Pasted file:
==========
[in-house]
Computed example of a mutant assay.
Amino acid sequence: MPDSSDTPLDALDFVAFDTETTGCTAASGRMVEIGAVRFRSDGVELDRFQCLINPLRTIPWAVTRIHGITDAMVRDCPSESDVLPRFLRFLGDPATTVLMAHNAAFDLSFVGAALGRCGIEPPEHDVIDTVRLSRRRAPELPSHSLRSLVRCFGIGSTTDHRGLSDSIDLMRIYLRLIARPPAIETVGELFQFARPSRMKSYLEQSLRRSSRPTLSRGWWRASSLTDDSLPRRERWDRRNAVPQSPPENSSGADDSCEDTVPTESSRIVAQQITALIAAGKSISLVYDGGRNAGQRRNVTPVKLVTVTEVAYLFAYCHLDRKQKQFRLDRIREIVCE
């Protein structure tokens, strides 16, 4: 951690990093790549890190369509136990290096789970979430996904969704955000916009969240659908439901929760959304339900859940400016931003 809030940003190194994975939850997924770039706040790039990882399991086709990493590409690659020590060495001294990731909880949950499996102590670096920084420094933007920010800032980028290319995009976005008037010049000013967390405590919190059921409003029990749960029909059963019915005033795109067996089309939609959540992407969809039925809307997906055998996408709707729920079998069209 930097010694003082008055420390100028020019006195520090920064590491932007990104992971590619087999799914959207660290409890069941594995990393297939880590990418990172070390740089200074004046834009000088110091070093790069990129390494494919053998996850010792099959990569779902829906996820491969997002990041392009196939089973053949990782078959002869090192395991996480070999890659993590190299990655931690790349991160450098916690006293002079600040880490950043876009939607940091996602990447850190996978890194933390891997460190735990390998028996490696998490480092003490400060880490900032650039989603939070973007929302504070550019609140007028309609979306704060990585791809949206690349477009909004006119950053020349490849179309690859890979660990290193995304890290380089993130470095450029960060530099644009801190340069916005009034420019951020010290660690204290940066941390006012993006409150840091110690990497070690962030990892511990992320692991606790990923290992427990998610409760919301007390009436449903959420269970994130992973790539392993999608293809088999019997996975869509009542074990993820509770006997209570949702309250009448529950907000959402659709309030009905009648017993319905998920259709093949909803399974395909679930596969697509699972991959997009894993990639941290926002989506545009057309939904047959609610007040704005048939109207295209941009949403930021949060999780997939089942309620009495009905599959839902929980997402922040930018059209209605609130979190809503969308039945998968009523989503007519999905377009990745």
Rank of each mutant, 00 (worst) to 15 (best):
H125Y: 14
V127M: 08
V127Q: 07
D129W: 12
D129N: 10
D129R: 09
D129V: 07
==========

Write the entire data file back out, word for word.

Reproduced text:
[in-house]
Computed example of a mutant assay.
Amino acid sequence: MPDSSDTPLDALDFVAFDTETTGCTAASGRMVEIGAVRFRSDGVELDRFQCLINPLRTIPWAVTRIHGITDAMVRDCPSESDVLPRFLRFLGDPATTVLMAHNAAFDLSFVGAALGRCGIEPPEHDVIDTVRLSRRRAPELPSHSLRSLVRCFGIGSTTDHRGLSDSIDLMRIYLRLIARPPAIETVGELFQFARPSRMKSYLEQSLRRSSRPTLSRGWWRASSLTDDSLPRRERWDRRNAVPQSPPENSSGADDSCEDTVPTESSRIVAQQITALIAAGKSISLVYDGGRNAGQRRNVTPVKLVTVTEVAYLFAYCHLDRKQKQFRLDRIREIVCE
């Protein structure tokens, strides 16, 4: 951690990093790549890190369509136990290096789970979430996904969704955000916009969240659908439901929760959304339900859940400016931003 809030940003190194994975939850997924770039706040790039990882399991086709990493590409690659020590060495001294990731909880949950499996102590670096920084420094933007920010800032980028290319995009976005008037010049000013967390405590919190059921409003029990749960029909059963019915005033795109067996089309939609959540992407969809039925809307997906055998996408709707729920079998069209 930097010694003082008055420390100028020019006195520090920064590491932007990104992971590619087999799914959207660290409890069941594995990393297939880590990418990172070390740089200074004046834009000088110091070093790069990129390494494919053998996850010792099959990569779902829906996820491969997002990041392009196939089973053949990782078959002869090192395991996480070999890659993590190299990655931690790349991160450098916690006293002079600040880490950043876009939607940091996602990447850190996978890194933390891997460190735990390998028996490696998490480092003490400060880490900032650039989603939070973007929302504070550019609140007028309609979306704060990585791809949206690349477009909004006119950053020349490849179309690859890979660990290193995304890290380089993130470095450029960060530099644009801190340069916005009034420019951020010290660690204290940066941390006012993006409150840091110690990497070690962030990892511990992320692991606790990923290992427990998610409760919301007390009436449903959420269970994130992973790539392993999608293809088999019997996975869509009542074990993820509770006997209570949702309250009448529950907000959402659709309030009905009648017993319905998920259709093949909803399974395909679930596969697509699972991959997009894993990639941290926002989506545009057309939904047959609610007040704005048939109207295209941009949403930021949060999780997939089942309620009495009905599959839902929980997402922040930018059209209605609130979190809503969308039945998968009523989503007519999905377009990745």
Rank of each mutant, 00 (worst) to 15 (best):
H125Y: 14
V127M: 08
V127Q: 07
D129W: 12
D129N: 10
D129R: 09
D129V: 07